History will be all around this month in St. Louis, the city that founded the IBEW. Aside from the house where it happened, delegates and visitors to the convention hall will be able to step inside the IBEW museum, transplanted from its home at the Washington, D.C., International Office.

IBEW curator Curtis Bateman, right, prepares an item for shipping to a temporary museum exhibition at the International Convention in St. Louis with help from IBEW intern Jacob Sharpe.

The IBEW has shipped part of the museum to St. Louis for display during the convention. The exhibit opens on Sept. 16 and remains open until noon on Sept. 22 in the America’s Center Convention Complex.

It will be in the middle of the Electrical Industry Exposition, which will include 116 booths from 94 companies that have relationships with the IBEW, including signatory contractors, utilities, vendors and some companies with IBEW-represented workforces.

“People will see how humble the origins are, yet we’re still here at this massive convention in a huge hall with 3,000 delegates,” IBEW curator Curtis Bateman said. “Hopefully, they can say, “We have come a long way and we’ve had a lot of success.’ They’ll say this is an organization worth protecting for the next 125 years.”

Tools and equipment used or built by IBEW members during its history will be on display. The last items Bateman prepared for shipping to St. Louis were a pair of phones used by U.S. ground troops during World War I and World War II that were manufactured by IBEW members.

Among the other items on display are:

  • Minutes from the first IBEW convention in 1891 at a St. Louis boardinghouse. The house will be dedicated as the Henry Miller Museum during this year’s convention.
  • The original charter awarded to the IBEW by the American Federation of Labor just a few weeks after the 1891 convention. The charter is signed by legendary labor leader Samuel Gompers.
  • The first membership ledger, which shows that 200 working people had signed up for IBEW membership by the end of December 1891.

“This shows the support for forming a union wasn’t just limited to the 10 men who attended that first convention,” Bateman said. “There was a broader appeal to it.”

The museum at IBEW headquarters in Washington is open to members, retirees and their friends and families. About 2,500 have visited since it opened in 2007.

Bateman is expecting around that number to visit the exhibit during its one week in St. Louis. Display items from Washington are being shipped to the Gateway City in climate-controlled trucks.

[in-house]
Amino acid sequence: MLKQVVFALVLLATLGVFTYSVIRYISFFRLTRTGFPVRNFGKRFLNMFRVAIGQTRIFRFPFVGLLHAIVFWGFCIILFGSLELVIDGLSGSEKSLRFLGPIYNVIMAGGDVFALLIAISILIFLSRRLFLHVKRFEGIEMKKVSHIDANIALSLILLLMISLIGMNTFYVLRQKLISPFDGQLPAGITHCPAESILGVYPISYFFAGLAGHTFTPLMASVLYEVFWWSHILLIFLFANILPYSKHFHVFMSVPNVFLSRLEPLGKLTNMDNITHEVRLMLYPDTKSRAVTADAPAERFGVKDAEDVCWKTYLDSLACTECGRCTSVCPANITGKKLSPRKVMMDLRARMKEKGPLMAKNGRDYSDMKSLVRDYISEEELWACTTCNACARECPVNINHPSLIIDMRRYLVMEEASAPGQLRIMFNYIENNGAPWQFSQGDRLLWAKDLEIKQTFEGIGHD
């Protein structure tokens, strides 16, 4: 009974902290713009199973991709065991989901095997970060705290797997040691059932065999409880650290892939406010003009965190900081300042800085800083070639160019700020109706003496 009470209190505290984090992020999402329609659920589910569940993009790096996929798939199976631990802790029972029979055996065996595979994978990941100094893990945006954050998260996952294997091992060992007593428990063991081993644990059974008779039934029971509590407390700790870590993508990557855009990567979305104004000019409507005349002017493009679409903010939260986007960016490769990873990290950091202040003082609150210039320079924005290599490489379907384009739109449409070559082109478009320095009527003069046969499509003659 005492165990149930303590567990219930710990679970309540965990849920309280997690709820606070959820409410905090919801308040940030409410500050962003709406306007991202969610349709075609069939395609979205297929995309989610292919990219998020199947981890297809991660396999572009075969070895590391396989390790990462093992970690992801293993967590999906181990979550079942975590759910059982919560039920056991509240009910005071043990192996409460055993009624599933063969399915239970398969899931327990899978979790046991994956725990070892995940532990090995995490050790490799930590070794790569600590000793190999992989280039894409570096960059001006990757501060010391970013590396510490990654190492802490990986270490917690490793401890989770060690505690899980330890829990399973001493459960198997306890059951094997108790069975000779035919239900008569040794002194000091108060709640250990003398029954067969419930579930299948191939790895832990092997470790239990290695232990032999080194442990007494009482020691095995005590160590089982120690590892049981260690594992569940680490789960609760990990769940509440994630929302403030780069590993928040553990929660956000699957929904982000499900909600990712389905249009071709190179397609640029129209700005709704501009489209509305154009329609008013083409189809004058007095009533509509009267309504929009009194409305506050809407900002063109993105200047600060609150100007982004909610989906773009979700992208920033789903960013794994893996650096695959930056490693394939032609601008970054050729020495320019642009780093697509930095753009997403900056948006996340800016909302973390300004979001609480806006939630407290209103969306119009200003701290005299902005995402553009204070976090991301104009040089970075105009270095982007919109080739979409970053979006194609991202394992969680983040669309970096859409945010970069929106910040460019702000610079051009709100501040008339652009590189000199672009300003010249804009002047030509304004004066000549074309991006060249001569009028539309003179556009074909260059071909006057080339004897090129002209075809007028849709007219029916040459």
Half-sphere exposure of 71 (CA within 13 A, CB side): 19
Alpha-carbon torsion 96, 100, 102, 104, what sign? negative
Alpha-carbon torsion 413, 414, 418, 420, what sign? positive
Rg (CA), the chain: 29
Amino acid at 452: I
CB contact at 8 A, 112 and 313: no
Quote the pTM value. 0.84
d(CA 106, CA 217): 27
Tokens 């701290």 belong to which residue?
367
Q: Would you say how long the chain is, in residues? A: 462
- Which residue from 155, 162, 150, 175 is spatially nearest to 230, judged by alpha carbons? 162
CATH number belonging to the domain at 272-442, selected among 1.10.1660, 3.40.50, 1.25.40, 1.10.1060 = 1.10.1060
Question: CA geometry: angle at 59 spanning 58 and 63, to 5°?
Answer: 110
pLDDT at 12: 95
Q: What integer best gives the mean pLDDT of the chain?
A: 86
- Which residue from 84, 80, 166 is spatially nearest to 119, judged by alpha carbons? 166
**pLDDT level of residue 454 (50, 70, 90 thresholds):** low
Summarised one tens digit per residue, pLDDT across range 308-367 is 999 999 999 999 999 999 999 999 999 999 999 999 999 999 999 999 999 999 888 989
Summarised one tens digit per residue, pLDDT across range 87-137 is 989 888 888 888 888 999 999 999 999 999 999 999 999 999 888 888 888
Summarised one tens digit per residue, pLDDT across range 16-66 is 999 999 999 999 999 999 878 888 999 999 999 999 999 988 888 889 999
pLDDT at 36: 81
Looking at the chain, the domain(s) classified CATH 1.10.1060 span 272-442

“The biggest challenge is just packing the artifacts in a secure enough fashion so that they are stable during the move, that they don’t experience too many unneeded vibrations,” Bateman said. “It’s making sure they are in stable, secure, housing crates. When they’re at the museum, they’re fine. It’s getting there that’s the heart attack.”

A phone used by U.S. ground troops during World War II and assembled by IBEW members. It is displayed at the IBEW museum in Washington, D.C., and will be part of the temporary exhibit in St. Louis.

The IBEW has displayed historical artifacts at past conventions, but nothing close to this scale. Bateman said about 340 items will be shown, which still is only about 5 percent of the items in Washington. He proposed a museum exhibit because this year’s convention marks the IBEW’s 125 anniversary and it will be celebrated in the city of its founding.

The IBEW is believed to be the only Washington-based union to have an on-site museum.

“That’s the beauty of history,” Bateman said. “You don’t really know where you’re going until you know where you’ve come from. Hopefully, seeing this humbles you and gives you a little better idea of the benefits the organization has earned for you.”

The expo itself runs from Sept. 16 - Sept. 18.

Will Paul, the IBEW’s director of support services, said having the museum exhibit in close proximity to the exhibition booths should lead to increased foot traffic for both areas.

“One of the important things about the expo is that it lets companies show off the work that our members do,” said Paul, who added that the products displayed and sold are made in the United States or Canada. “It’s an opportunity for each exhibiting company to present their contributions to the electrical industry, the IBEW and its members.”

The 39th IBEW International Convention opens on Sept. 19, and IBEW.org will cover pre-convention events starting Sept. 15 and running through the closing gavel on Sept. 23.